It started out as a meaningless camping trip — just a bunch of kids from town — into the bush of Australia. A holiday is spent in fun in the scrub, away from all the cares of the world. But after five days, the party is ready to go home.
Except they don’t have a home to go back to.
Enemy forces have taken over their small (but highly strategical) town of Wirrawee, and the group of 7 teens aren’t exactly going to hand themselves over to become prisoners along with their families.
So what’s left?
Maybe, it’s time to wage a war of their own.
After you’ve passed the rather tedious first chapter, the meticulously detailed descriptions and the more-then-needed boy-girl encounters (with a little too much detail) — the result is an invasion, World War III fantasy book.
It’s geared at young adults (recommended age well into high school), though I found the pace a bit slow. I expected fast moving action scenes and rousing dialogue. After all, this book has been given wonderful ratings and appraisals from many countries. But I wasn’t hooked. I expected something more.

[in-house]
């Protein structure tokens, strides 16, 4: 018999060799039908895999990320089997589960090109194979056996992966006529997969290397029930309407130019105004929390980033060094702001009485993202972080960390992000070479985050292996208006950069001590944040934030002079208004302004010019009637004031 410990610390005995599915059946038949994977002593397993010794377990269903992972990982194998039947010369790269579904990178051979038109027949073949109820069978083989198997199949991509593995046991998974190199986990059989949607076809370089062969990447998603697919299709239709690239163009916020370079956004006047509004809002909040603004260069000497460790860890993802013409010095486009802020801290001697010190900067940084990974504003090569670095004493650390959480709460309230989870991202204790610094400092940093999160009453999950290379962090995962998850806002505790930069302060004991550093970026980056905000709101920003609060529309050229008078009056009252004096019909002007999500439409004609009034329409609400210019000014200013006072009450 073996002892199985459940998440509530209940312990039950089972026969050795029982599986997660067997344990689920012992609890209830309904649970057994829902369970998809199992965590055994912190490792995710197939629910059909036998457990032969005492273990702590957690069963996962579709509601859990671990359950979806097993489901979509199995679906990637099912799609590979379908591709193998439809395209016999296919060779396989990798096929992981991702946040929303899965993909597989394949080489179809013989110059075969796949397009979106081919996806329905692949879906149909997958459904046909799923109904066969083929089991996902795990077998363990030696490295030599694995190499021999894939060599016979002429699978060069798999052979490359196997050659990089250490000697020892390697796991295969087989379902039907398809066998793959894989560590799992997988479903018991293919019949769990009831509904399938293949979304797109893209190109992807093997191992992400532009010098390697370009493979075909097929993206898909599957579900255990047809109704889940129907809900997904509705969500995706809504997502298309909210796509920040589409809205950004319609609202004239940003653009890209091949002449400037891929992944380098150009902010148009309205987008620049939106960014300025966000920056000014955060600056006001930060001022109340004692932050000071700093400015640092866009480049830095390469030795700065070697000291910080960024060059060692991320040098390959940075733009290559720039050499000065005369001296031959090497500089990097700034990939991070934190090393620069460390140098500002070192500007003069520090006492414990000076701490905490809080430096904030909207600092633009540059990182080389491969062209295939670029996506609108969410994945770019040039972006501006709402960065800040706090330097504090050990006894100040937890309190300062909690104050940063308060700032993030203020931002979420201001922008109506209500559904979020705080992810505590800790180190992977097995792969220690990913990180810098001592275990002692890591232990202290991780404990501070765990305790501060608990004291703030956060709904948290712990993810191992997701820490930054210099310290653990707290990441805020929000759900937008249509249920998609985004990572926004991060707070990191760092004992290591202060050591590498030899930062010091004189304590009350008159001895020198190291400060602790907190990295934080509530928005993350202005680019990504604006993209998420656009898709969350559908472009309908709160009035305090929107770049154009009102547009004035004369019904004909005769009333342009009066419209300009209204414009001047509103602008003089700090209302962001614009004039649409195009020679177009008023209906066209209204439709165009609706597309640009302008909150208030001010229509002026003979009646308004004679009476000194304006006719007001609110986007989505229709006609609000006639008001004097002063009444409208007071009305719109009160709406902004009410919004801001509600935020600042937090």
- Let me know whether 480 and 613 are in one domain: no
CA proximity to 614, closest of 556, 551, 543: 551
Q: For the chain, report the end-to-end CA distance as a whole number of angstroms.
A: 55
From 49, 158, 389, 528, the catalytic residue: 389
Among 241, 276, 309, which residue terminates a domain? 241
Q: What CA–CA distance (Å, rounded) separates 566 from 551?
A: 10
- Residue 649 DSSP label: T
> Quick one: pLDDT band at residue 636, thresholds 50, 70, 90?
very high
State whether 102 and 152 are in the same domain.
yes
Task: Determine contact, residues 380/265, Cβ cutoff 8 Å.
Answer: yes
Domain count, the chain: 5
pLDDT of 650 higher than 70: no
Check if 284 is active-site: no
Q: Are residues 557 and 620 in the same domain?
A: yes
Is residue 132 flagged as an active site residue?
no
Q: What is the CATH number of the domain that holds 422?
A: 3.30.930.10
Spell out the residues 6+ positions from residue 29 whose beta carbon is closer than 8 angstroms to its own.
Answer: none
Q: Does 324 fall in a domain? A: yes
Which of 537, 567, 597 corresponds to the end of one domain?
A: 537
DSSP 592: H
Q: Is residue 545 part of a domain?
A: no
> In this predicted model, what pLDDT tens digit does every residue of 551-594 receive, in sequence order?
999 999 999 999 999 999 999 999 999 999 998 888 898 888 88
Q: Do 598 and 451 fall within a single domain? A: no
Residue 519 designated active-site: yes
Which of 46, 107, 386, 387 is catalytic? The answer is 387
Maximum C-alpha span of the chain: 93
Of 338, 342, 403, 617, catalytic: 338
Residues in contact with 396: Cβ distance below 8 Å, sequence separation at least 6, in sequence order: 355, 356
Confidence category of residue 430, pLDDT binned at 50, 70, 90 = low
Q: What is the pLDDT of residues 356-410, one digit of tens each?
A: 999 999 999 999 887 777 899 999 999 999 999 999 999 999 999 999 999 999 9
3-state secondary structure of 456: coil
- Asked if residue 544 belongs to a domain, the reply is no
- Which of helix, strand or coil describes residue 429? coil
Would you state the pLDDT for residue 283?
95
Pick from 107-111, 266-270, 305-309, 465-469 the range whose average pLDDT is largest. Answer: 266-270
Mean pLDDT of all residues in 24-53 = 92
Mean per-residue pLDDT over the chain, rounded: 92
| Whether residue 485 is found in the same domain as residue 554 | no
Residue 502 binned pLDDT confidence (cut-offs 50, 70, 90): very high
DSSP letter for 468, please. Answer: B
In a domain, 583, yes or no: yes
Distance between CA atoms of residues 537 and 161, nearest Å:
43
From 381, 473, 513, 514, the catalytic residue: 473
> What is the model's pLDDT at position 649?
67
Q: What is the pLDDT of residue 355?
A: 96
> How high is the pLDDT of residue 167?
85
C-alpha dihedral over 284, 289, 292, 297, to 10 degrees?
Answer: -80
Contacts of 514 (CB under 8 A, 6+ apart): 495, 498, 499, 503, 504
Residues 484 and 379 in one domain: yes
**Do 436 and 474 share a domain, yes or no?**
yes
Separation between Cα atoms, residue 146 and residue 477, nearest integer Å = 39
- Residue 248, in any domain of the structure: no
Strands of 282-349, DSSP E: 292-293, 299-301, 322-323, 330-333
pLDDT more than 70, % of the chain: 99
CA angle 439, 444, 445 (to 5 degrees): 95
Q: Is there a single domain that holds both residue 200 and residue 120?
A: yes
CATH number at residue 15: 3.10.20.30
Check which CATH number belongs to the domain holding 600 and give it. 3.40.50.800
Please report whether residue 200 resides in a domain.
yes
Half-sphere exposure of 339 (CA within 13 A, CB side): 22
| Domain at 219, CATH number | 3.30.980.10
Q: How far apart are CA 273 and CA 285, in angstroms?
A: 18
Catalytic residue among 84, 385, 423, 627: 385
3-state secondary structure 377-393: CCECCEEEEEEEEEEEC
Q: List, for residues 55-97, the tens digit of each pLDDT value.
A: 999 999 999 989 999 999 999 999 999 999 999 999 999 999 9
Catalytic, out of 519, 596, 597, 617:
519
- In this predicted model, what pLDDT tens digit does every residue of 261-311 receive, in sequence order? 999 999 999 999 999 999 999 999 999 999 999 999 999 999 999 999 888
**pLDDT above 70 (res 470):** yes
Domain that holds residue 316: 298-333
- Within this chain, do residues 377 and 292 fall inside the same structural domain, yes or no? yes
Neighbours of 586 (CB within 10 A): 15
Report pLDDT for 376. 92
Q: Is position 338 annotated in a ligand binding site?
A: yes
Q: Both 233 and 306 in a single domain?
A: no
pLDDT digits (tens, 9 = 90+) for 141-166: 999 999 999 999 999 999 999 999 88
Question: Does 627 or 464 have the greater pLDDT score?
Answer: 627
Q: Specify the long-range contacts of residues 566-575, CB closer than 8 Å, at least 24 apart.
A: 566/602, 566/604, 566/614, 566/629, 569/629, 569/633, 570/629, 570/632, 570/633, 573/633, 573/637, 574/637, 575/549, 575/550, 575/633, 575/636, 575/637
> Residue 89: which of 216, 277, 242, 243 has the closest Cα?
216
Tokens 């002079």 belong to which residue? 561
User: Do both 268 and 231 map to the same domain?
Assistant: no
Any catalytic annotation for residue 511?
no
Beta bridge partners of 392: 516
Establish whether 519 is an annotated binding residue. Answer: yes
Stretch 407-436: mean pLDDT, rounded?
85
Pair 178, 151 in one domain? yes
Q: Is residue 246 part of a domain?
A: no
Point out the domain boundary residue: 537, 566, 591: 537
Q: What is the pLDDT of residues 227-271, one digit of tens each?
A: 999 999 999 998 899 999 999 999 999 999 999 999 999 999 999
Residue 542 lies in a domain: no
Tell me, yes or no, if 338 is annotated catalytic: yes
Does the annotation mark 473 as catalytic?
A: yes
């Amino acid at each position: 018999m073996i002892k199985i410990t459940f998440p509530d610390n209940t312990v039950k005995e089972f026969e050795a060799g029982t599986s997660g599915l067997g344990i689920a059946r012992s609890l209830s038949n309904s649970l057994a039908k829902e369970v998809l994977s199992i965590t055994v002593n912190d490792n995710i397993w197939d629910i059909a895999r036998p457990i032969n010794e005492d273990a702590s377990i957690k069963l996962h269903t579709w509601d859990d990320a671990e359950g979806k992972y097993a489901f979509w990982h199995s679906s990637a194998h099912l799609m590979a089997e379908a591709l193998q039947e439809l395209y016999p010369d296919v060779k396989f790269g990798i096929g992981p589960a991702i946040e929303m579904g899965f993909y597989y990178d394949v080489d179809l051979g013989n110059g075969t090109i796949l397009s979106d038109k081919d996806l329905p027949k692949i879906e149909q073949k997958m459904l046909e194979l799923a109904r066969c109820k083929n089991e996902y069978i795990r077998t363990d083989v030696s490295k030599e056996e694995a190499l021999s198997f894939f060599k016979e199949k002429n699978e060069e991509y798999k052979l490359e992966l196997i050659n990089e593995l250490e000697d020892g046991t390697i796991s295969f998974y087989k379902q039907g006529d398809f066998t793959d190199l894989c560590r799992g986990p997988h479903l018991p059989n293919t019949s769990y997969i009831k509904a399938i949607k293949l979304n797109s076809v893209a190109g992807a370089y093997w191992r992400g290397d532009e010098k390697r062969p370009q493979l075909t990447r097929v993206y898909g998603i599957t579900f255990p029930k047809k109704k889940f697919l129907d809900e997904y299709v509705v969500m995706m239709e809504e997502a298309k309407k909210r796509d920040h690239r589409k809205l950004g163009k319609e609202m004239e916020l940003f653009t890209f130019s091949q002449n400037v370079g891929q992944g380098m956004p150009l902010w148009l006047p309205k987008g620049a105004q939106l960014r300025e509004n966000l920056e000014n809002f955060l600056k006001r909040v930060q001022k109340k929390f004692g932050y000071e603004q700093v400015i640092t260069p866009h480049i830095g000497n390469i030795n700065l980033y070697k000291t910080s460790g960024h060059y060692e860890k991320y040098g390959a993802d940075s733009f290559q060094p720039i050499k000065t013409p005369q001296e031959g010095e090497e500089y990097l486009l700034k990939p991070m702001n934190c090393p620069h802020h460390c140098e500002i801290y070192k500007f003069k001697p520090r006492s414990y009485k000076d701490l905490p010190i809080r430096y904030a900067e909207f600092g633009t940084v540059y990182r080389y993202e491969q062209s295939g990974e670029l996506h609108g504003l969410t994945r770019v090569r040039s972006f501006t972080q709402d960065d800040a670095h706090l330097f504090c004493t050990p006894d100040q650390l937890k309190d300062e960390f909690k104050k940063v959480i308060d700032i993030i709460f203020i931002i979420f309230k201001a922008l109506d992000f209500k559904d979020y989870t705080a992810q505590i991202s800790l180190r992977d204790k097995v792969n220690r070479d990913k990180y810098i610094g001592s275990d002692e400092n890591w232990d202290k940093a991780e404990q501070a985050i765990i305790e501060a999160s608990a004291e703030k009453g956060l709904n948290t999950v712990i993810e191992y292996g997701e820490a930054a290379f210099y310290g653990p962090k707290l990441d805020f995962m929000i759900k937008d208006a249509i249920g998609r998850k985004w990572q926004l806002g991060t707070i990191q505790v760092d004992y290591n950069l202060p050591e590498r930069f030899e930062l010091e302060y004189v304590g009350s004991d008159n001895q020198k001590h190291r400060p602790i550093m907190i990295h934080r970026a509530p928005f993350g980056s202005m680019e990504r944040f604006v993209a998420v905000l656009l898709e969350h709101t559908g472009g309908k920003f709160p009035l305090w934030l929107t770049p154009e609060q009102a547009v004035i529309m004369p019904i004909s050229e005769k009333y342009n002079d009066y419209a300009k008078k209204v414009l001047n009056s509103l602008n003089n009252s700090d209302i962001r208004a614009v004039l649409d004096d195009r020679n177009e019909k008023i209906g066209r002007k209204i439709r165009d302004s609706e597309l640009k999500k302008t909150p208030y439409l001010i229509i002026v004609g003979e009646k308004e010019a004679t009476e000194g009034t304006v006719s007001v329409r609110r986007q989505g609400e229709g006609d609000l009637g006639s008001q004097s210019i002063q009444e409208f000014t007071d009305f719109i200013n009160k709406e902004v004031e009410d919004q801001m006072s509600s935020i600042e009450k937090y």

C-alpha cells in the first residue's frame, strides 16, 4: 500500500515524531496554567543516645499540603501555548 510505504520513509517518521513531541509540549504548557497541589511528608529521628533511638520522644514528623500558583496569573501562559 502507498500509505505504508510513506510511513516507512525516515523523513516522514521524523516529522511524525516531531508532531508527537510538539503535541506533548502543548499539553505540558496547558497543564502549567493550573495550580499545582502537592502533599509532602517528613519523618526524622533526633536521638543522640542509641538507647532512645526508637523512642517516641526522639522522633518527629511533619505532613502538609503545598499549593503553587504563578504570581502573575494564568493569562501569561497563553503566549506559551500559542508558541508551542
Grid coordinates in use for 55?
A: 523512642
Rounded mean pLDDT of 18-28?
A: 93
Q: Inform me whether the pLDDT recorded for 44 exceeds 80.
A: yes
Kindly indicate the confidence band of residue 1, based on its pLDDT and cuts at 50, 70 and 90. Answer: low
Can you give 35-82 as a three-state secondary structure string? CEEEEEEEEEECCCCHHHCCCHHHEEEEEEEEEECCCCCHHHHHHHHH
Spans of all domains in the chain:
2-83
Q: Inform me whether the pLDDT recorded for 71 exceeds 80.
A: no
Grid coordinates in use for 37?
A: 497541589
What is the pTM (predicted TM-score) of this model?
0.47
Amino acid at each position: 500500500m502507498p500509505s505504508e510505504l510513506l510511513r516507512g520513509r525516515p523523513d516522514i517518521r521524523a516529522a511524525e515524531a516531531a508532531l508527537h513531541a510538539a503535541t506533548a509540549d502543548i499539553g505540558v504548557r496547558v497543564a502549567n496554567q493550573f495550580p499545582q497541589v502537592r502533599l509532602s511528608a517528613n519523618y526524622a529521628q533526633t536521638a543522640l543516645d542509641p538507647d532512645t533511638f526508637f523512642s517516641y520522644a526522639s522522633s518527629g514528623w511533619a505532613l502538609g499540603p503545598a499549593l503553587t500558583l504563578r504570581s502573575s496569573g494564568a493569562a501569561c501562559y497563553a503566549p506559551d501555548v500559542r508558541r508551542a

Still, the characters were given clear personalities, and the scenery was detailed with much care. Written by only one character, there is no switching point-of-views. Any other stories are recounted in dialogue. The author dealt with many themes and made everything believable and down-to-earth. You won’t be reading about perfect kids who always know what to do. What would you do if, only a high-school kid, you were suddenly thrown into a war? The author underlines the question many times.